This was a near perfect solution for me. The CrashPlan client was easy to use, unobtrusive, straight forward in letting you choose what was being backed up with no hidden limitations (unlike what I discovered when using Carbonite). But all this time I had a gap in my backup strategy, what about my home server? With everything I had being backed up to my home server I wanted to make sure my home server was backed up offsite in case of fire or theft. Enter CrashPlan Central.
About CrashPlan Central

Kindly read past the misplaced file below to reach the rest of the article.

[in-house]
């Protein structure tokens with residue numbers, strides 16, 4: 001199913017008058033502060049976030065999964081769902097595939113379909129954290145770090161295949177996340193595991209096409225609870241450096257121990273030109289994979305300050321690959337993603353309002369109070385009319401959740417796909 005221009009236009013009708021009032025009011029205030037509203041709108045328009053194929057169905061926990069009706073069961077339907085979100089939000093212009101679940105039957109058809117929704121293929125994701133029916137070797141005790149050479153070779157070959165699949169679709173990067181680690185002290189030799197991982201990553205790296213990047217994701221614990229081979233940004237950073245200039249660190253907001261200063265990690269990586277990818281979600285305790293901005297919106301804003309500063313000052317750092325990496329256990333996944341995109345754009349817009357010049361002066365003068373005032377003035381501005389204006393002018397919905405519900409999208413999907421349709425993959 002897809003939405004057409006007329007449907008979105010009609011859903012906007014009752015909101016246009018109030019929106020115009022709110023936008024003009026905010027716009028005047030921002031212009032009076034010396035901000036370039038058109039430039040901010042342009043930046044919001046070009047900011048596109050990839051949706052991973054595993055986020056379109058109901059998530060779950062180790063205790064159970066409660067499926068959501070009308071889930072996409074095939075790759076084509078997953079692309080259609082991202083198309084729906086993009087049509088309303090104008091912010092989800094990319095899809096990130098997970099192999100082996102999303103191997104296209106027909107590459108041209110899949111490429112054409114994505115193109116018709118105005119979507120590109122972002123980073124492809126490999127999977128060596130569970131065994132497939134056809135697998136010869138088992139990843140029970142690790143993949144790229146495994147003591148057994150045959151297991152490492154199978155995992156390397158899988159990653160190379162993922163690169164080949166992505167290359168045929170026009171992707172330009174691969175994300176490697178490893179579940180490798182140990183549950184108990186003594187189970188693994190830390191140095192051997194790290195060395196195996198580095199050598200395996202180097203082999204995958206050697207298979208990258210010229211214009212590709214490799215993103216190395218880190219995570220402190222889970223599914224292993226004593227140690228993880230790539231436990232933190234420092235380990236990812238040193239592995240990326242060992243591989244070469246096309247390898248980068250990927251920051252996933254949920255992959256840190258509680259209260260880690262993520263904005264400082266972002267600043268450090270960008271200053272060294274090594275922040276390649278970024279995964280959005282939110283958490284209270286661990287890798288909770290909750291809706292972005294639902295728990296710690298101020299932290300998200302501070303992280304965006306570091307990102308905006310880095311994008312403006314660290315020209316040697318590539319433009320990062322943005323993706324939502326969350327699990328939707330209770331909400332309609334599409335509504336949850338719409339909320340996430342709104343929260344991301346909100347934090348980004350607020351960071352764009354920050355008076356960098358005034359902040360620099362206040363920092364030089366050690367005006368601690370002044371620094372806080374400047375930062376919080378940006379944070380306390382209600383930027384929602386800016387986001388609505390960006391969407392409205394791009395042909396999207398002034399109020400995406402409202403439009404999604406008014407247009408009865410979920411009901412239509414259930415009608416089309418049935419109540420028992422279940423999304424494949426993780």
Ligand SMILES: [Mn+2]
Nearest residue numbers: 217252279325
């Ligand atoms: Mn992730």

CrashPlan Central provides CrashPlan users a convenient option to backup their files online and they offer a free 30 day trial. It’s clear that the CrashPlan team takes pride in their datacenter which is where your data ultimately ends up with full details available on their site. While some of these details are clearly more than the average home user might need I find it very refreshing that they are so upfront in describing where and how your data will be stored. A lot of online backup companies seem to go out of their way to not tell you where your data will live and take a “just trust us” attitude when it comes to your data. The only company that comes close to this level of transparency is BackBlaze which is also upfront in describing where and how your data is stored including an interesting overview of the hardware BackBlaze uses.